- Bible Readings: Matthew 16:24–17:8
- Free Resource: Transfiguration Science (Kids 3rd-6th)
- Unit Theme (February 17 – March 3): God’s Power
The season of Epiphany (or after Epiphany if you prefer) is coming to a close this coming Sunday. This last Sunday before Lent is when we celebrate Jesus’ transfiguration on the mountaintop, called (obviously) Transfiguration Sunday. If Epiphany is about the revelation of Jesus as the Son of God, then we reach the crescendo this week.
Outside of the assigned passage, but an important part of the literary context of this story is Matthew 16:13-23. Here, Jesus quizzes the disciples on popular opinion: “Who do people say that the Son of Man is?” (Mark and Luke use the personal ‘I am.’) They report the belief that Jesus is perhaps “one of the prophets of old.” Then, the question is turned to the disciples themselves. Peter answers, “You are the Messiah, the Son of the living God.”
But, what does this messianic identity mean for the disciples and the rest of the first-century Jews? There were many opinions, but one was the expectation that a king of the line of David would rescue the people from their oppressors (the Romans at this point) and set up the earthly kingdom of God in Jerusalem. From our vantage point, almost 2,000 years later, we know that Jesus is a much different Messiah. And, Jesus quickly moves from Peter’s messianic declaration to teaching the disciples about what type of Messiah God has really sent.
The next section, Matthew 16:21-23, is often called a “passion prediction” as Jesus is telling the disciples what “he must go to Jerusalem and undergo” (v. 21). But, I don’t think it’s best to call this a “prediction,” either from the perspective of Jesus or the Gospel writer. It’s not about predicting what is going to happen. Instead, it is Jesus teaching his disciples what it means to be God’s Messiah. But, this is not anything new. I’ve written about this before and so have many others.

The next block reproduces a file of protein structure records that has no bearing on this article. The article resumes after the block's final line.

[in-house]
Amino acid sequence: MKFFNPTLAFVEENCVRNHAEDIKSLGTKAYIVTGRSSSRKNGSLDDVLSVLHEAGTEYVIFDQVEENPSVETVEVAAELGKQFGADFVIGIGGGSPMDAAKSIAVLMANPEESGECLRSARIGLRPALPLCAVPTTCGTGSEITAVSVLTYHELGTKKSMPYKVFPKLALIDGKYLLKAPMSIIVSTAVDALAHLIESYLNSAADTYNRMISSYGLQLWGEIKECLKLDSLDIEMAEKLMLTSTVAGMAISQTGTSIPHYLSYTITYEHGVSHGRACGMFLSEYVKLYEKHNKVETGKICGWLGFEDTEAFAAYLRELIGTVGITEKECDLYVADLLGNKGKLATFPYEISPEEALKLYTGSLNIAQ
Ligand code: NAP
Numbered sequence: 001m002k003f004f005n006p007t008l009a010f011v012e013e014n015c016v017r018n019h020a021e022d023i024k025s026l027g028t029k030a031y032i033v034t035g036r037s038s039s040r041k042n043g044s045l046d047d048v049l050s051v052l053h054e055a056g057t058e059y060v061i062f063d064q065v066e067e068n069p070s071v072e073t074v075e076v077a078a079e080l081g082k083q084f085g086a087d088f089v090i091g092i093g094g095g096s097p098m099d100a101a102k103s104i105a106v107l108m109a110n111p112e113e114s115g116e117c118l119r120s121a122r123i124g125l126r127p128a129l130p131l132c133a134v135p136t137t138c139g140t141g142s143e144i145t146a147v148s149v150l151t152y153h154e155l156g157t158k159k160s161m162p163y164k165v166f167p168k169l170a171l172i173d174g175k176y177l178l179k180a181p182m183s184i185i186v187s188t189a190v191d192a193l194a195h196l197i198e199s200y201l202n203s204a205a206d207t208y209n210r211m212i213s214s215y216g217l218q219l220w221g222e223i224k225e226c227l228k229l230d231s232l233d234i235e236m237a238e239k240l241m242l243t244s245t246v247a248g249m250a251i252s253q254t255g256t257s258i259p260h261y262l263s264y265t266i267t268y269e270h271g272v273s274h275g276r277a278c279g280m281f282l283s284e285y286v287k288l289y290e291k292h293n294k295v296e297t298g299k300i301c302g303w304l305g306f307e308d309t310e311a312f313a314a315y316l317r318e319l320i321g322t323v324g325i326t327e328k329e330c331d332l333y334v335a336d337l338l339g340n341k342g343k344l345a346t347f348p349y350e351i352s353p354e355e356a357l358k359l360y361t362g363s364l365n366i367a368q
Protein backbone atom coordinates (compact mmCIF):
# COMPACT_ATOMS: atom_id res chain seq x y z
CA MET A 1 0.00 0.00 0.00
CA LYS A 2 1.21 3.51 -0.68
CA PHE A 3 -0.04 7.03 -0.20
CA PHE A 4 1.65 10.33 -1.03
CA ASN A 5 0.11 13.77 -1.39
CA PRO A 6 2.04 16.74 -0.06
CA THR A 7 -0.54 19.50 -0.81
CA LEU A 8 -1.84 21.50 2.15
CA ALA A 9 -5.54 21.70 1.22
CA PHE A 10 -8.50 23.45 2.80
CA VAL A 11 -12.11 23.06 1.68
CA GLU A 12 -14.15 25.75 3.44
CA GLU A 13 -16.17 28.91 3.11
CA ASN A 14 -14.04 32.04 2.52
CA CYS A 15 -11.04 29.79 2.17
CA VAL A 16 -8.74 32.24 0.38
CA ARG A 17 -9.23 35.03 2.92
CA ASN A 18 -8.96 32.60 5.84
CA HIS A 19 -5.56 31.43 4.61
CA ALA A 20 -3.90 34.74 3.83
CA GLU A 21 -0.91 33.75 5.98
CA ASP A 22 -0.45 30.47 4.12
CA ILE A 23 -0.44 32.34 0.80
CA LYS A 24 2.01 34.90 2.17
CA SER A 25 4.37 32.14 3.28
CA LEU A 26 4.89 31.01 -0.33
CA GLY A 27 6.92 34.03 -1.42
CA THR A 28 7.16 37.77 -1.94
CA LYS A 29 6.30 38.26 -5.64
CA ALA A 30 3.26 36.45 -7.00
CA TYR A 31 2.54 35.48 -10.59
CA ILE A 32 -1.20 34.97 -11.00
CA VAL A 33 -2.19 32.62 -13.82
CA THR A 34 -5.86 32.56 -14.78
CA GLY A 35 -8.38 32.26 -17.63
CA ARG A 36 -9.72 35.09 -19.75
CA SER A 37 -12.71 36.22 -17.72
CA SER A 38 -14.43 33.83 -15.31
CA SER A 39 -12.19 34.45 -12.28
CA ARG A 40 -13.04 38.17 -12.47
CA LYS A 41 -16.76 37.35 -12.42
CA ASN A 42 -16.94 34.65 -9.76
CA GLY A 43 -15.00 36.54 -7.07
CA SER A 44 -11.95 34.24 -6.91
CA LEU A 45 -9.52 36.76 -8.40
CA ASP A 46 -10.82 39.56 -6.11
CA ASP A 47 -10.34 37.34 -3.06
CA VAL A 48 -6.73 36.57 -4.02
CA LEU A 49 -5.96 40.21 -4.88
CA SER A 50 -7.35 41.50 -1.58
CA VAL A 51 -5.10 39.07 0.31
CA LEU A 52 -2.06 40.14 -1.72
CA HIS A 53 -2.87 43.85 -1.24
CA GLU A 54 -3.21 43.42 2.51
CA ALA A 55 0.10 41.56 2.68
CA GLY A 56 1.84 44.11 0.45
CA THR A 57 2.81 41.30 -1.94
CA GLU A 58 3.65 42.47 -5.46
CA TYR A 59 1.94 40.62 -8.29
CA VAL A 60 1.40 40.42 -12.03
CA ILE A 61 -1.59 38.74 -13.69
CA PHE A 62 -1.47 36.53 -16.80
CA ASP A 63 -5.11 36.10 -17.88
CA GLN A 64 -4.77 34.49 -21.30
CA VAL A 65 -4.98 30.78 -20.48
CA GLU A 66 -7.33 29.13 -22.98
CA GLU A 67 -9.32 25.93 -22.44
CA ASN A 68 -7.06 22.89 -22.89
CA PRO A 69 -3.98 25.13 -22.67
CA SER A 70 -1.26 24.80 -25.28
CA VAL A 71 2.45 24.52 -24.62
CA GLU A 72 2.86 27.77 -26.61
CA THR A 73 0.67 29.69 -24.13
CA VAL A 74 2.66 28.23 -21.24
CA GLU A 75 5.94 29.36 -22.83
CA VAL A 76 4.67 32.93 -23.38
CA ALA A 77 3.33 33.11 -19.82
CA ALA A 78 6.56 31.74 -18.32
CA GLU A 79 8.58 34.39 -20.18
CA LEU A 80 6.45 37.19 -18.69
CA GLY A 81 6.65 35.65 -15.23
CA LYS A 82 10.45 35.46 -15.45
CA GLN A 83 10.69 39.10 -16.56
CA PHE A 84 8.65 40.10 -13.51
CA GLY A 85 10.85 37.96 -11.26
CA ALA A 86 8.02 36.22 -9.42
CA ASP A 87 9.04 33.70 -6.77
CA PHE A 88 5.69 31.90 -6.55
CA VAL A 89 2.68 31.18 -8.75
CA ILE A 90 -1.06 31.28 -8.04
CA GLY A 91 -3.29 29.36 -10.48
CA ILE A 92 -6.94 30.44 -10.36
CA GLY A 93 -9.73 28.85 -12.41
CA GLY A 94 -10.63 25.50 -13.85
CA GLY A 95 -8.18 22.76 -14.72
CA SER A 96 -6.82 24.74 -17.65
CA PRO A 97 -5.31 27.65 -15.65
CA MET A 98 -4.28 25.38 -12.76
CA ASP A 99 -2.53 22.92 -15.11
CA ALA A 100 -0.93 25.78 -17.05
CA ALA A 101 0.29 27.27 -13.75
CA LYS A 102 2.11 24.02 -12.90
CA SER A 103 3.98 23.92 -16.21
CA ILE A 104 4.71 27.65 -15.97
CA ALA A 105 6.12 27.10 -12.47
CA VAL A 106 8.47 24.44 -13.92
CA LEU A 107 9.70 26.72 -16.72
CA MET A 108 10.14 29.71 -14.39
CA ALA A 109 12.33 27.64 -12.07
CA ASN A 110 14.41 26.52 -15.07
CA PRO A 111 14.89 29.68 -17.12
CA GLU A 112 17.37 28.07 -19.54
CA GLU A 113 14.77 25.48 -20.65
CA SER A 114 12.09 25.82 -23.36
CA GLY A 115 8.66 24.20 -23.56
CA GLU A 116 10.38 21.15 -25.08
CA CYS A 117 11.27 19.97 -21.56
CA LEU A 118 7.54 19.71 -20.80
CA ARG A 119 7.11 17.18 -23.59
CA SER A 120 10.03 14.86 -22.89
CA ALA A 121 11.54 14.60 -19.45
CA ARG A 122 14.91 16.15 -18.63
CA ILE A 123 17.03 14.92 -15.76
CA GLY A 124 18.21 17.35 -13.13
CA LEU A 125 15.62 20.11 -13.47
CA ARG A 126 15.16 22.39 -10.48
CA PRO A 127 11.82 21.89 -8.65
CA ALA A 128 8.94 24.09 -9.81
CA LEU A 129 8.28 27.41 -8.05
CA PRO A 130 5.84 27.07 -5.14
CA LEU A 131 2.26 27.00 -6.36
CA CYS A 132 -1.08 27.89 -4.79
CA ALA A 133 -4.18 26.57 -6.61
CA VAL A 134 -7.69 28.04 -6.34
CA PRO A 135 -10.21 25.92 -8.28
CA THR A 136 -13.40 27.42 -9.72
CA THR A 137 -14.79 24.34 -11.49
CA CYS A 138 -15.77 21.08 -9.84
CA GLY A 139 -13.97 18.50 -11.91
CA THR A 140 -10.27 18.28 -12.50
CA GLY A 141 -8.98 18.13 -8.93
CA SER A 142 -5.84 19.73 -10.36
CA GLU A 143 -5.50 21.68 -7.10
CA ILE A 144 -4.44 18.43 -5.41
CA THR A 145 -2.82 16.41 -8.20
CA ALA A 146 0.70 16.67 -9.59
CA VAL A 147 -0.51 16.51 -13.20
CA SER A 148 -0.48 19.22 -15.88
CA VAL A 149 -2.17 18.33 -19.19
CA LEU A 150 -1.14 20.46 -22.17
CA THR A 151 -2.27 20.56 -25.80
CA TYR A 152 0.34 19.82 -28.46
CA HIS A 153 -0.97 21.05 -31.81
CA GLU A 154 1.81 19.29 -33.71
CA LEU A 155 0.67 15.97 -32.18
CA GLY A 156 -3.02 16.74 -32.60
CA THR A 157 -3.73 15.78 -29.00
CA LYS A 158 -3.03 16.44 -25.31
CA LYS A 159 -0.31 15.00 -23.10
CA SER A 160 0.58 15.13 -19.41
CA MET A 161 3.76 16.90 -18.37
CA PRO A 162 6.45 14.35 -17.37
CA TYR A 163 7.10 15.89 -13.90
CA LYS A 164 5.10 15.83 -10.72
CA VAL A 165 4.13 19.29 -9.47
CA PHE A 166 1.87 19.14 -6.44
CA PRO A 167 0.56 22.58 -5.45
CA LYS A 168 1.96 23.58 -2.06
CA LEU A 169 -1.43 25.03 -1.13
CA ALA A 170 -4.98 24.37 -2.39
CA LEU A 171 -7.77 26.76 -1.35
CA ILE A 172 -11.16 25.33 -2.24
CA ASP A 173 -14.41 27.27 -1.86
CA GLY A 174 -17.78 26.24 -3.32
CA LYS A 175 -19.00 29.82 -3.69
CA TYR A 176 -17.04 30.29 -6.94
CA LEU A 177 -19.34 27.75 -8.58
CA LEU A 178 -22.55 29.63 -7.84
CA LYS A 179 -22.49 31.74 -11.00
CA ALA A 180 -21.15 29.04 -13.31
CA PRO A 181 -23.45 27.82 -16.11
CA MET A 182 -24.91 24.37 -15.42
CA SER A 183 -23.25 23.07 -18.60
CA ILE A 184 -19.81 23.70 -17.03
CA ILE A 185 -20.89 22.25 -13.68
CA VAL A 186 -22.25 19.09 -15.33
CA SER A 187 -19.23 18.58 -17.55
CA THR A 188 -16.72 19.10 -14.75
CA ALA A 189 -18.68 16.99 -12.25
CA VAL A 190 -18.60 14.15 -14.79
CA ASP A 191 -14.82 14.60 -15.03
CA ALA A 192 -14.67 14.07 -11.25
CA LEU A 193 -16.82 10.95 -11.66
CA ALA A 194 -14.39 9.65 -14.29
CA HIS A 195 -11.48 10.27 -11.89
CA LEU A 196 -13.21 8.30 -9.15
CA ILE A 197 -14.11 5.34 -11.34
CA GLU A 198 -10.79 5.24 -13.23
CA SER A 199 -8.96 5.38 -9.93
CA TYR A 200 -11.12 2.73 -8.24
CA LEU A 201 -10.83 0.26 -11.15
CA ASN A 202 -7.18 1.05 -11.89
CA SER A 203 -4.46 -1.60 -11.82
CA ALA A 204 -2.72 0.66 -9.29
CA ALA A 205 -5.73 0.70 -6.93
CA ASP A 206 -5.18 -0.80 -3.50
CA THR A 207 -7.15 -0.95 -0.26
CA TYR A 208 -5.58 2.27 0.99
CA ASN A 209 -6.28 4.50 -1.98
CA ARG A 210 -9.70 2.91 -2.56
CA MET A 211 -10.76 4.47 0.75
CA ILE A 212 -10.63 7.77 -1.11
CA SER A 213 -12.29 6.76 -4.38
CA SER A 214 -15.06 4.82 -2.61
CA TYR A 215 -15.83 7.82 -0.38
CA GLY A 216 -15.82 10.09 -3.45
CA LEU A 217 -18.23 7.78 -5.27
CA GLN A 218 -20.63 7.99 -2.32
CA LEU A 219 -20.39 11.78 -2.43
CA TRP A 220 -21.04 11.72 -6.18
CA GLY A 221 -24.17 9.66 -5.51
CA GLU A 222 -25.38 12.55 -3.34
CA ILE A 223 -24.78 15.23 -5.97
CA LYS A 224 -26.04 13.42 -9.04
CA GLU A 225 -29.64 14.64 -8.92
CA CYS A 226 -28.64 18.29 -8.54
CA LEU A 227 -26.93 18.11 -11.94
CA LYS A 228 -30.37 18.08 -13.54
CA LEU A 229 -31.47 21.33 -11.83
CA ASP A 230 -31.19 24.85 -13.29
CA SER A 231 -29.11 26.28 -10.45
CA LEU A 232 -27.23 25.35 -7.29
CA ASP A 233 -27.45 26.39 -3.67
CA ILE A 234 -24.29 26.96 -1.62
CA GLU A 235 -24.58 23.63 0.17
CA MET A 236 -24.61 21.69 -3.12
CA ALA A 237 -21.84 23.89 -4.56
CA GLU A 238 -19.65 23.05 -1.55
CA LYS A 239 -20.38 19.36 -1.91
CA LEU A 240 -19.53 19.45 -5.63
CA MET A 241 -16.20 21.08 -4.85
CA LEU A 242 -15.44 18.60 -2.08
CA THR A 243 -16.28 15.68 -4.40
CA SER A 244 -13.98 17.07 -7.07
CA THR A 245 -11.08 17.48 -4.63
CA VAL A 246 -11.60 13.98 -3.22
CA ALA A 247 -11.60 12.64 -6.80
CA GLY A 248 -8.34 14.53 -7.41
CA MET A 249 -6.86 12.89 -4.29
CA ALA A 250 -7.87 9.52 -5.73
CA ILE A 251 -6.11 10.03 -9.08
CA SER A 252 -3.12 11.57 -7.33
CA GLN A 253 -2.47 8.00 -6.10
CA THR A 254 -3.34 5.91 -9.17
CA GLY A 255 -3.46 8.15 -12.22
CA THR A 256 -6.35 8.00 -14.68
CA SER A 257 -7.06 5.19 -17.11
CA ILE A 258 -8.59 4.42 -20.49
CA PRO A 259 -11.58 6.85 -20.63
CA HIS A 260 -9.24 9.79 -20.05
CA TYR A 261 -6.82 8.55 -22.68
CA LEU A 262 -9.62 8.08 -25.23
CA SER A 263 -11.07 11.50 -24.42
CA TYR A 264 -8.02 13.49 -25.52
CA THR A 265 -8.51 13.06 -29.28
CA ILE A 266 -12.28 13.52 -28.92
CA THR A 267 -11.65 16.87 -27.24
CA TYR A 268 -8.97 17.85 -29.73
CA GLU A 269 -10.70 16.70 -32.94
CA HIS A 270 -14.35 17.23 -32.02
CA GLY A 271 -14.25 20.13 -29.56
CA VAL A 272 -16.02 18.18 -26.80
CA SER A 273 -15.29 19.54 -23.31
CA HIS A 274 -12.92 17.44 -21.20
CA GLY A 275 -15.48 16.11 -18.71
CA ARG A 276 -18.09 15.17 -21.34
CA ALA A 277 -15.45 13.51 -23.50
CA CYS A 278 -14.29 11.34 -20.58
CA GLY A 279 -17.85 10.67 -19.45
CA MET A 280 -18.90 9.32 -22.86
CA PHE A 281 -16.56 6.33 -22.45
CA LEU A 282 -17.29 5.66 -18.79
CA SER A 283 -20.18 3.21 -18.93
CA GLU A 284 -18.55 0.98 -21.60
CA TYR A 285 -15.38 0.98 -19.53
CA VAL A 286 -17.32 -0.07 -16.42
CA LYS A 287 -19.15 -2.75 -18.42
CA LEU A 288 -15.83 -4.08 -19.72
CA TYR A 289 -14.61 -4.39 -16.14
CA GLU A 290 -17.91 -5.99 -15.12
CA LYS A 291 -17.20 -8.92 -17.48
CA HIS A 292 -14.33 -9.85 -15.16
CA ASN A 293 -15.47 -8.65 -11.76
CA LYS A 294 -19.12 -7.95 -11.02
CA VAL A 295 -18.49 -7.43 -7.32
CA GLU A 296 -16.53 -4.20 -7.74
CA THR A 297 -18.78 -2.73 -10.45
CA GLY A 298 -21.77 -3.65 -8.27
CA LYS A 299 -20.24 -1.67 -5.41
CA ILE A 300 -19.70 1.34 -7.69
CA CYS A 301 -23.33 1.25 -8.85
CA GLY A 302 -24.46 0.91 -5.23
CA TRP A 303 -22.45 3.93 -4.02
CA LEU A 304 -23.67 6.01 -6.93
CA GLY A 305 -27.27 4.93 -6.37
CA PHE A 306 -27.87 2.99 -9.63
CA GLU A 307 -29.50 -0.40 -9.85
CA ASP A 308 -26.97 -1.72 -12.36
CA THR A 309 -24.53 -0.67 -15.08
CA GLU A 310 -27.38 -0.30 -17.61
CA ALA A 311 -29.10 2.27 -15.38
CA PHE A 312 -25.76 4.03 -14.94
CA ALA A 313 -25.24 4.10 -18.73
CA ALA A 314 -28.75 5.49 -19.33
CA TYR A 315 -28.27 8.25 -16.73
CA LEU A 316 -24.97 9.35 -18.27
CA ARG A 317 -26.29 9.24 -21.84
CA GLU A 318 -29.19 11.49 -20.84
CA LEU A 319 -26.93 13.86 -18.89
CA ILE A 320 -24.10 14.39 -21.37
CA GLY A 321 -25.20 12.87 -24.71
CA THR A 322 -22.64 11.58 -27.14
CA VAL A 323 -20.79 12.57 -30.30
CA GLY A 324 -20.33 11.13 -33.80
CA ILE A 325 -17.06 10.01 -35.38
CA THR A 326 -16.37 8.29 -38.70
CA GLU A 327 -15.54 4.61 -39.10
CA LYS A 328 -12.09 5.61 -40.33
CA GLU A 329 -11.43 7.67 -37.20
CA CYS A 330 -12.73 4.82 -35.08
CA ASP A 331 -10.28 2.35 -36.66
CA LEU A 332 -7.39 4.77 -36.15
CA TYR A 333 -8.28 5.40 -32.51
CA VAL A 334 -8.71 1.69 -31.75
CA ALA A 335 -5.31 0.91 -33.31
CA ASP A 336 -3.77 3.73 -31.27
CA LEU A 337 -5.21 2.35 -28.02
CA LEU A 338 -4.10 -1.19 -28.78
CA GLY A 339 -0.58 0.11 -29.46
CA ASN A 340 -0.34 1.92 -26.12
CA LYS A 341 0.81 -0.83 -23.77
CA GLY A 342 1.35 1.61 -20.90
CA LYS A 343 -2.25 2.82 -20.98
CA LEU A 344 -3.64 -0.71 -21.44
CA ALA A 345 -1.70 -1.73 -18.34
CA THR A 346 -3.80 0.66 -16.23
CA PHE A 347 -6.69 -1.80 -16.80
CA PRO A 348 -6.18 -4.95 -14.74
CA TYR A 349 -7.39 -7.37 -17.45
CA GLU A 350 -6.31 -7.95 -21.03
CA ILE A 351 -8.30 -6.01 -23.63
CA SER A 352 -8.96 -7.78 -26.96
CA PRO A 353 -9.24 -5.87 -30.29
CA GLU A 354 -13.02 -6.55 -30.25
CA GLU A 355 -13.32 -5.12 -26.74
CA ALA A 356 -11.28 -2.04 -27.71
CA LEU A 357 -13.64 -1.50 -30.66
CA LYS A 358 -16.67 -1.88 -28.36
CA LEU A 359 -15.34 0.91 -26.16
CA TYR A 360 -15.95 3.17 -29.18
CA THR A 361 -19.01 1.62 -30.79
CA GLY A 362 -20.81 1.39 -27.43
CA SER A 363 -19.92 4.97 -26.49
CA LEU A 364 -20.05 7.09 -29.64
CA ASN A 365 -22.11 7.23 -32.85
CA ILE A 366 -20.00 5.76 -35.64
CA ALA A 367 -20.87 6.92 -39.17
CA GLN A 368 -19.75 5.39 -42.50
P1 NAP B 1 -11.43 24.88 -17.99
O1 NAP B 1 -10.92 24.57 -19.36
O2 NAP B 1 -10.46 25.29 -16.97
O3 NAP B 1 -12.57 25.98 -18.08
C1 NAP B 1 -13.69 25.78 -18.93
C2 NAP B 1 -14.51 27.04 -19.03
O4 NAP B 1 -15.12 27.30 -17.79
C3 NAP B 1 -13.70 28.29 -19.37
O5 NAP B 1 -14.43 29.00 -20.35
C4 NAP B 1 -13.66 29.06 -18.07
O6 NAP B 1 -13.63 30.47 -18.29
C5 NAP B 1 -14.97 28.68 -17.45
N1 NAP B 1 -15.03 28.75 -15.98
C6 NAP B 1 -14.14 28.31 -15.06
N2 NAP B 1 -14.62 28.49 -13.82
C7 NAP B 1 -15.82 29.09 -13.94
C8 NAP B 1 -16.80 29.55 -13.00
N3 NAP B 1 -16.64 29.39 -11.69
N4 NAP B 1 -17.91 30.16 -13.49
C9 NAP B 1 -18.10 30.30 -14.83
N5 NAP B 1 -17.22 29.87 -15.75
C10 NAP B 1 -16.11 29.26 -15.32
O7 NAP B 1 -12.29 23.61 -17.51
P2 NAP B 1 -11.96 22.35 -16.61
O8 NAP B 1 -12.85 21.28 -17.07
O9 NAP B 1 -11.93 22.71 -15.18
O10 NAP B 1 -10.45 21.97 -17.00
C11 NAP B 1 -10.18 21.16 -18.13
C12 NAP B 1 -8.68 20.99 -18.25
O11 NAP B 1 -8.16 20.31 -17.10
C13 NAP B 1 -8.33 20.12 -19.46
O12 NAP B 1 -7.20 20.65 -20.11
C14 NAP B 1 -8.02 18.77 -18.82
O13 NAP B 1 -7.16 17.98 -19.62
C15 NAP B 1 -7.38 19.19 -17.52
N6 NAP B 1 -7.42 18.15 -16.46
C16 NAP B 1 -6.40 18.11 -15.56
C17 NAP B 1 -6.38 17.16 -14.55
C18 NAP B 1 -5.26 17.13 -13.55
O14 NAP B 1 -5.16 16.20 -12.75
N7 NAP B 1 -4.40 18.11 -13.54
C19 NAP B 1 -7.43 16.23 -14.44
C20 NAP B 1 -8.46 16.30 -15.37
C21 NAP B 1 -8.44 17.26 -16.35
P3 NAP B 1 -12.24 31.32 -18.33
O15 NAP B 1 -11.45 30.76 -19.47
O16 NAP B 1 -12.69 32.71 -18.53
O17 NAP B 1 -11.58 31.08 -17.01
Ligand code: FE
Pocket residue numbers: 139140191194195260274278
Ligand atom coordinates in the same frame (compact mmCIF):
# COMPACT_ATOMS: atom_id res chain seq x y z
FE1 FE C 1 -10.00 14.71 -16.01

The focus this week is not on Jesus’ upcoming suffering, death, and resurrection, but on the unusual event of the transfiguration. I started out today digging into the word “transfigure” (Gk. metamorphoō, from which we get metamorphosis, changing shape or form) and trying to figure out why this became (through Latin) transfigure, not transform. But I discovered that I just don’t have the resources to make any conclusions. I did, however, notice that throughout its usage, the Greek verb is really only translated as “transfigure” here, and most of the “transfiguration as spiritual revelation” definitions arise from this particular story. Just something to consider.
Back to my topic, Jesus/Matthew has just finished teaching about what it means to be the Messiah, and what it means to follow the Messiah (Matthew 16:24-26). Now we get a totally different perspective on Jesus. He is not just the suffering Messiah, but the exalted Lord. This is the one who wields God’s power, who calms the storm, casts out demons, heals the sick, and multiplies food. Here we see John’s Word made flesh, whom “we have seen his glory, the glory as of a father’s only son, full of grace and truth” (John 1:14). We see a preview of the transformation Jesus will undergo in his resurrection.
With our theological hindsight, we can see the two sides, Messiah as Suffering Servant and Messiah as Lord of All, as Jesus being fully human and fully divine. Moving from the glorious revelation of the Son of God in Epiphany to the journey to the cross in Lent, it’s important to hold these two images together, distinct but inseparable.
This week, our free activity “Transfiguration Science,” is a simple, delightful demonstration of transformation. It is from our Living the Word: Kids (3rd-6th) curriculum and is a fun and dramatic visual that could be used for all ages.
-Gregory Rawn (Publisher)
Lent is almost here, so it’s time to order Spring Living the
For more great ideas on how to engage participants of all ages in the story of God’s love, check out our Living the Word series for elementary students, youth, adults, and intergenerational settings!
Image © Ethiopian Gospels, Transfiguration. Image by Walter Arts Museum Illuminated Manuscripts via Flickr; public domain.